On January 23, 2017, Kohn Law Group filed a motion to strike new matter in APMM's reply brief, or alternatively, for leave to submit surreply briefing [340], contending that the same contains new evidence and argument directly bearing upon the issue of sanctions. APMM has filed a response in opposition to this motion, and Kohn Law Group has filed a reply.

         The Court finds as follows.

         Rule 79(e) of the Local Uniform Civil Rules provides in pertinent part that a party submitting documents for in camera review must include a description of what is to be sealed; a specific request that the document be sealed; a statement of why sealing is necessary, why sealing is most appropriate, and why another procedure would not suffice; and references to governing case law. L. Unif. Civ. Rules 79(e). In this case, in accordance with Local Rule 79(e), APMM has provided a description of the documentation to be made subject of in camera review, specifically requested that the Court conduct an in camera review of the documentation, stated that in camera review is necessary due to the attorney-client privilege, and made references to on-point case law.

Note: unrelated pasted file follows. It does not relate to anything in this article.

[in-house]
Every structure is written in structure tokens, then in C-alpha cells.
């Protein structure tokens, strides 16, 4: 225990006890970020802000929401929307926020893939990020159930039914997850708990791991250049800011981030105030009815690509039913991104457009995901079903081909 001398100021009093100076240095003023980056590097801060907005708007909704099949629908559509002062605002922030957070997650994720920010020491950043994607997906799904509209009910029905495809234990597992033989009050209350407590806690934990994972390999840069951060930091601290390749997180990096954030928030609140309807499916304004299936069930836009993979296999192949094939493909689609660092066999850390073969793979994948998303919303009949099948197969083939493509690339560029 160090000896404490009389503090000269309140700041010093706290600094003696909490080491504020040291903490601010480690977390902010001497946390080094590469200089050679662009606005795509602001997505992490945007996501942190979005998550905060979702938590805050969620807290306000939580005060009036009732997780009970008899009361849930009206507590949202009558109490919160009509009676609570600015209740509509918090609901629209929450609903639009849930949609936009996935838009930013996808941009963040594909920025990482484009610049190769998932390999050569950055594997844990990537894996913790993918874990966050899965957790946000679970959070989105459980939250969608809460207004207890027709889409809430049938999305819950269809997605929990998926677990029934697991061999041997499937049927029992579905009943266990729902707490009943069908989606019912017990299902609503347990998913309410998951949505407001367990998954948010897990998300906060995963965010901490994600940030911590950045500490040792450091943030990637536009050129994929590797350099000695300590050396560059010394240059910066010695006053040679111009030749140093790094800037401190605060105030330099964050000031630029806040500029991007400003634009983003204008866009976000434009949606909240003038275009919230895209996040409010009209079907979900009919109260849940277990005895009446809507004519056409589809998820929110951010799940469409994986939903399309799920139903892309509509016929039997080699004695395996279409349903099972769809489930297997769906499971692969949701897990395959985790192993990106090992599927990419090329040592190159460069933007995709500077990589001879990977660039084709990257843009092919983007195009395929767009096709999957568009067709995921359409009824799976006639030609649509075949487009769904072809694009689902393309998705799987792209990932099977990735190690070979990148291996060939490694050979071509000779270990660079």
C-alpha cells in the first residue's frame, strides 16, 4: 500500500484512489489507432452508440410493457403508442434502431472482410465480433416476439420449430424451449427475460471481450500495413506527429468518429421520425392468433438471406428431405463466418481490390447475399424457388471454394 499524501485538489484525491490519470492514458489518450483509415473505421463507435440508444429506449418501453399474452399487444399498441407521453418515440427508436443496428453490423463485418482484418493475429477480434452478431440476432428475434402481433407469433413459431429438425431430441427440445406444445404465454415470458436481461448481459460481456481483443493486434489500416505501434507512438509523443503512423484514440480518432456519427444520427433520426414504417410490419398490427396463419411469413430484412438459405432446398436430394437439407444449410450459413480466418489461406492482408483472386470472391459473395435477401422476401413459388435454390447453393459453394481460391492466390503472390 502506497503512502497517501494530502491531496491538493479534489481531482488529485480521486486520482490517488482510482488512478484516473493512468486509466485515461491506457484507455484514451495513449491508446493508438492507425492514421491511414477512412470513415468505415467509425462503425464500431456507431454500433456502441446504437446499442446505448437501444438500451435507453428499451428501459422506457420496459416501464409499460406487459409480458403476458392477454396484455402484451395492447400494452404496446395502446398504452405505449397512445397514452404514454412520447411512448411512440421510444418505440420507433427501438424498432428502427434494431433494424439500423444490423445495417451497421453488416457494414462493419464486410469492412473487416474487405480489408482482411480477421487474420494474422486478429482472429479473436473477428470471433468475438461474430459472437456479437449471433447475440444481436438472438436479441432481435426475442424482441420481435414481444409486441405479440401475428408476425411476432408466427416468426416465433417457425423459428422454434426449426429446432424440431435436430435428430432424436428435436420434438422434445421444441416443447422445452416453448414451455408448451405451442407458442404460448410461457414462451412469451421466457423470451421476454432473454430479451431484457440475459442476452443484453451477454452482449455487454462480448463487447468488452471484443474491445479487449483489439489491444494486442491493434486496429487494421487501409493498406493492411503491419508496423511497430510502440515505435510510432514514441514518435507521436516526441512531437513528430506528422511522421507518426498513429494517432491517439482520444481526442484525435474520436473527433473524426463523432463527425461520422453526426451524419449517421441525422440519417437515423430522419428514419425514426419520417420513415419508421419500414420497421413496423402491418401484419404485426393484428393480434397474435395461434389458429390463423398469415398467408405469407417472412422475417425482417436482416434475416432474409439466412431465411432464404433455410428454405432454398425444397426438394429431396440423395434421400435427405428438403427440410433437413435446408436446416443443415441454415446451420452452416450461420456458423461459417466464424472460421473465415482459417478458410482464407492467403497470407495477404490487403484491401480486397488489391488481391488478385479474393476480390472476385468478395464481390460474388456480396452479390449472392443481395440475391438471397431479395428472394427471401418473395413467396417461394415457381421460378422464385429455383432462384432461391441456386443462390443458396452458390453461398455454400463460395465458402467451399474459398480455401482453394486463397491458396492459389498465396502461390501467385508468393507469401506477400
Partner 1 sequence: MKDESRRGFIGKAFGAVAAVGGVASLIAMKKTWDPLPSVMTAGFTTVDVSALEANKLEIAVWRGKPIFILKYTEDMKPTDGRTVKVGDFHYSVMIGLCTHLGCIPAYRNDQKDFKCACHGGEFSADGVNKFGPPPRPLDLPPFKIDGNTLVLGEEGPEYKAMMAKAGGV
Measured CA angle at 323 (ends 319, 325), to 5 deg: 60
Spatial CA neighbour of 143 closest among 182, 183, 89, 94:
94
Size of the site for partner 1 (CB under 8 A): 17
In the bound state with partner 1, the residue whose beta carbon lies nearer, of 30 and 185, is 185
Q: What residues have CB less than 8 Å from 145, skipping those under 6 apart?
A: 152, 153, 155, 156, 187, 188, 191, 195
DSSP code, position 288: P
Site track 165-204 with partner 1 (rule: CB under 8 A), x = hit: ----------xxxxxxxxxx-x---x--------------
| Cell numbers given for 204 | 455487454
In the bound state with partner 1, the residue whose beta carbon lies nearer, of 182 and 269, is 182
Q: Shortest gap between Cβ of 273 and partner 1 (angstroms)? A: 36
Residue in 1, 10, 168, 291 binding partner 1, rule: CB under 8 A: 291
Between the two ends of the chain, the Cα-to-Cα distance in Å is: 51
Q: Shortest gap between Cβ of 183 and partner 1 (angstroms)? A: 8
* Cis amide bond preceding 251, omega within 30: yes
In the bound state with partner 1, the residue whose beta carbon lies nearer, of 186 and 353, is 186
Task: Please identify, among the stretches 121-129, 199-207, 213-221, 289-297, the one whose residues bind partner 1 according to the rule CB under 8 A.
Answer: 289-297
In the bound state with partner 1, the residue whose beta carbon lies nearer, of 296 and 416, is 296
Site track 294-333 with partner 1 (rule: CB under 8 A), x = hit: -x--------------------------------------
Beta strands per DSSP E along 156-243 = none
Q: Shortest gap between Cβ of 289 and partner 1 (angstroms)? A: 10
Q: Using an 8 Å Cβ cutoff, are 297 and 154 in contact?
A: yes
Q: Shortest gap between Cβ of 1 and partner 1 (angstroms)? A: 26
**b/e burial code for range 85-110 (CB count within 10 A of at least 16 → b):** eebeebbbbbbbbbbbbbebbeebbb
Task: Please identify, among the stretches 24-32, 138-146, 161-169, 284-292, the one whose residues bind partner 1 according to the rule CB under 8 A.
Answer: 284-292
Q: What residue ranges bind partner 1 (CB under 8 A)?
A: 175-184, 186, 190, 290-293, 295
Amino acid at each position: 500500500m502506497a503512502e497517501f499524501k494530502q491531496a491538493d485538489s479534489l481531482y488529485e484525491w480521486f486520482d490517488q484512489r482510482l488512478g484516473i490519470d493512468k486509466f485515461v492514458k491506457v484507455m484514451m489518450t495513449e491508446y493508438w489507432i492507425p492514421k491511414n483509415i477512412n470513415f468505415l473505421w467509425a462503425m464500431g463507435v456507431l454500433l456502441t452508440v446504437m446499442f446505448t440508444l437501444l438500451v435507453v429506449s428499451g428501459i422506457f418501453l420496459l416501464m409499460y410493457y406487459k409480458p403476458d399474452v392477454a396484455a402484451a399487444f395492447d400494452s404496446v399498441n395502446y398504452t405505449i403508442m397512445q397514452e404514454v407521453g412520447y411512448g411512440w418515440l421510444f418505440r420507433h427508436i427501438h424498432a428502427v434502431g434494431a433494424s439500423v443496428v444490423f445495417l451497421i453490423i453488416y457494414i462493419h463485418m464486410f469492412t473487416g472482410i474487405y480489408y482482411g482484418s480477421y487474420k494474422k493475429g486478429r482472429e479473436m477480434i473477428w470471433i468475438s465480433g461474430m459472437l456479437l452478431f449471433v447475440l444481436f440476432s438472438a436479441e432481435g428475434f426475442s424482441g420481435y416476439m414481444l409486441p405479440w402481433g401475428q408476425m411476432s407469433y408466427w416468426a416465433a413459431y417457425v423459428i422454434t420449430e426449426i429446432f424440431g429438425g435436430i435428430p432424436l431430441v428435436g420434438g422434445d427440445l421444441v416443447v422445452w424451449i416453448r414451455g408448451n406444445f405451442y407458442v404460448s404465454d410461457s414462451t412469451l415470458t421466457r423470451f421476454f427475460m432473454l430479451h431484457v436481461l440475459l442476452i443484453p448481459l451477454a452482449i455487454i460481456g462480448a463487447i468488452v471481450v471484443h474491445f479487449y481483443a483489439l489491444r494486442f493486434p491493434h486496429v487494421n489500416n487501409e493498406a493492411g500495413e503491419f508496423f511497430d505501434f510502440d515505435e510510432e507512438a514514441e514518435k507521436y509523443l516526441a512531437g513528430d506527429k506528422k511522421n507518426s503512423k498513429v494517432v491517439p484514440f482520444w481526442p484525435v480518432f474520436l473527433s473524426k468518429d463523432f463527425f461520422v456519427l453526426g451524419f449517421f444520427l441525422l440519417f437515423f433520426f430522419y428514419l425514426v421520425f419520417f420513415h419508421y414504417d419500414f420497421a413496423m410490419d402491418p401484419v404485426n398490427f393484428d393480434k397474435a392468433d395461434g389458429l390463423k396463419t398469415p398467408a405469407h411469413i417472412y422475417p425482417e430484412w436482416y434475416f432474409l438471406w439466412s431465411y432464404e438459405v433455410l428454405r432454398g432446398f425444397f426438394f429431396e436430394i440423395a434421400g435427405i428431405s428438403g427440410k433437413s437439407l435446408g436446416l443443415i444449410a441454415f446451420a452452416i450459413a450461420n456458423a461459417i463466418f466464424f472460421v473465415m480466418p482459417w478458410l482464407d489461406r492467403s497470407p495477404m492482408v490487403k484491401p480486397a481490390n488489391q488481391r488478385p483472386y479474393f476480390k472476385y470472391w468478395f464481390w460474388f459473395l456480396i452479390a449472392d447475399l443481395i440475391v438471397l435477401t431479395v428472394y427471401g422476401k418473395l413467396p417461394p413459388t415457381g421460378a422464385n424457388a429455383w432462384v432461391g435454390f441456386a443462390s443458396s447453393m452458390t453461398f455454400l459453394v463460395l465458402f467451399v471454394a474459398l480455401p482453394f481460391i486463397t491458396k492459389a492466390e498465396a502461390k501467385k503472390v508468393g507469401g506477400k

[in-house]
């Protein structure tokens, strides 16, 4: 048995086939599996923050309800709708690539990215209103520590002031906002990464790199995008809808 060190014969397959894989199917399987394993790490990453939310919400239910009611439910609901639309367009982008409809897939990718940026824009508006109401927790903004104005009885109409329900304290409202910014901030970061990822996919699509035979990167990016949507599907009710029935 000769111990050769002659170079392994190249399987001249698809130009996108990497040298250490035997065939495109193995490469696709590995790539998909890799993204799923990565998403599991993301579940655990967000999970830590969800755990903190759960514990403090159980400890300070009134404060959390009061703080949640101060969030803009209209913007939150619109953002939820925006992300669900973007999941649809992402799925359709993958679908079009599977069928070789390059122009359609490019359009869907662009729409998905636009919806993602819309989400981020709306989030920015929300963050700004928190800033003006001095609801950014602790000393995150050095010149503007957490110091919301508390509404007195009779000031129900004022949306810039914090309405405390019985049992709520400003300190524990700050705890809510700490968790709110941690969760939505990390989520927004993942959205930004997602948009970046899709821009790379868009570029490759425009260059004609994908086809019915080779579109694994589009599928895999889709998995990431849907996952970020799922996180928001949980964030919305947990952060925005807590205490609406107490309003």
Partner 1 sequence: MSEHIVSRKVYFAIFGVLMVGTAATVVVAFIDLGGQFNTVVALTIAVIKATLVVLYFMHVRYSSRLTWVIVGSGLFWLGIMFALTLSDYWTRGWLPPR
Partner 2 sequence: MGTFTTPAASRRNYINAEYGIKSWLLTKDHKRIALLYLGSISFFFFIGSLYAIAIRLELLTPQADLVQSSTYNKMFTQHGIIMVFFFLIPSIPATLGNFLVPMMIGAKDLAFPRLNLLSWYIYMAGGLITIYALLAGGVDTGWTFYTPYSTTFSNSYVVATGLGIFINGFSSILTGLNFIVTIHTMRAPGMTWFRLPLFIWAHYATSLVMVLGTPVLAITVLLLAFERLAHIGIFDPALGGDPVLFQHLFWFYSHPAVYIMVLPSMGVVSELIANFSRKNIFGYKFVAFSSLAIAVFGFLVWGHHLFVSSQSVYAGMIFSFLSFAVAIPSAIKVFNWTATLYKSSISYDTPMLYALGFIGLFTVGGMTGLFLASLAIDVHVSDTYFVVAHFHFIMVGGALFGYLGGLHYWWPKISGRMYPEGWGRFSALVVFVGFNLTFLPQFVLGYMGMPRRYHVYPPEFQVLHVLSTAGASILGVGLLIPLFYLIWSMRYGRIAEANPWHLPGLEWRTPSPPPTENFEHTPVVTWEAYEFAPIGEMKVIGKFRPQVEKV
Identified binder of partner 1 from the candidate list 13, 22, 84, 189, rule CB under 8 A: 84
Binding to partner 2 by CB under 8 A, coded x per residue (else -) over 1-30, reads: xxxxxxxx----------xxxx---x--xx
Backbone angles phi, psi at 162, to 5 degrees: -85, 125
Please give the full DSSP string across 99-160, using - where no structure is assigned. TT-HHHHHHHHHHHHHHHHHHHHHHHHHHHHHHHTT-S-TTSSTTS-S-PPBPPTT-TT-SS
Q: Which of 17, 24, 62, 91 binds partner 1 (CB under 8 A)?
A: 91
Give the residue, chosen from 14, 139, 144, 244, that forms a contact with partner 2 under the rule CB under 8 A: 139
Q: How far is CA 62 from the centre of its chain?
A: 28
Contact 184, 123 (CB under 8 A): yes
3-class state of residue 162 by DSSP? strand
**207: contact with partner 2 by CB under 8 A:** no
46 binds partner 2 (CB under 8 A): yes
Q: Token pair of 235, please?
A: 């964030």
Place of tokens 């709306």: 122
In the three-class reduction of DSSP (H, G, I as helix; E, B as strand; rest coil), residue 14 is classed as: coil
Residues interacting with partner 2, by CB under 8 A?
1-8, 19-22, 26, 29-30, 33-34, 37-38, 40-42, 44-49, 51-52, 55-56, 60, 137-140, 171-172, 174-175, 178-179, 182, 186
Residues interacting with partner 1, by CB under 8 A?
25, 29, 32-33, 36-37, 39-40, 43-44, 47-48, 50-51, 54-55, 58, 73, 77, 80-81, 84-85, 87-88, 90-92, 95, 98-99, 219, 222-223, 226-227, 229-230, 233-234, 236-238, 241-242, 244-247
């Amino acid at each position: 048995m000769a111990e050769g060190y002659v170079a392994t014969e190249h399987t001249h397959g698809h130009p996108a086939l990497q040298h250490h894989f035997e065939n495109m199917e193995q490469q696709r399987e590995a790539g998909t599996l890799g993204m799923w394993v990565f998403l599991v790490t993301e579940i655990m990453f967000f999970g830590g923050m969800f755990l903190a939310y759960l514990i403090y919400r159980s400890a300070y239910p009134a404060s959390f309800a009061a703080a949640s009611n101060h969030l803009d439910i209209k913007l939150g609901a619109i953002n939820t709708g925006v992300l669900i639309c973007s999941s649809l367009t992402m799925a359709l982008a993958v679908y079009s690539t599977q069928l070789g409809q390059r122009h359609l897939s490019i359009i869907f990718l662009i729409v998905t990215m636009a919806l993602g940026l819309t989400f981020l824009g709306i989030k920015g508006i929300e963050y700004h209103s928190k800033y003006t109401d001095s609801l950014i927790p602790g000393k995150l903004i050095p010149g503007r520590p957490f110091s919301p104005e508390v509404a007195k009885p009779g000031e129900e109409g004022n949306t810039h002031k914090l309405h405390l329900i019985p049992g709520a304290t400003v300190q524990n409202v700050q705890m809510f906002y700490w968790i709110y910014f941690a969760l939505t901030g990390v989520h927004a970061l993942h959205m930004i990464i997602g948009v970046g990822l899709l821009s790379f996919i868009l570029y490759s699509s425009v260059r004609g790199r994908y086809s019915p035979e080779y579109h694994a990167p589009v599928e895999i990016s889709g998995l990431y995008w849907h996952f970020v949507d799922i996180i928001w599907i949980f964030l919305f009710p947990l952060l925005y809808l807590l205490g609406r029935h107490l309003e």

"Upon a finding of contempt, the district court has broad discretion in assessing sanctions to protect the sanctity of its decrees and the legal process." DeStephano v. Broadwing Commc'ns, Inc., 48 F.App'x 103, at *2 (5th Cir. 2002) (citing Am. Airlines, Inc. v. Allied Pilots Ass'n, 228 F.3d 574, 585 (5th Cir. 2000)). " 'The decision whether to conduct an in camera inspection is wholly within the discretion of the district court.' " Kean v. Jack Henry & Assocs., Inc., 577 F.App'x 342, 348 (5th Cir. 2014) (per curiam) (quoting Alford v. CIA, 610 F.2d 348, 349 (5th Cir. 1980)). In camera review protects an attorney's private thoughts from "intrusion by opposing parties and their counsel" and hence protects those interests which lie at the heart of the attorney work product doctrine. United States v. Nobels, 422 U.S. 225, 236-39, 95 S.Ct. 2160, 45 L.Ed.2d 141 (1975).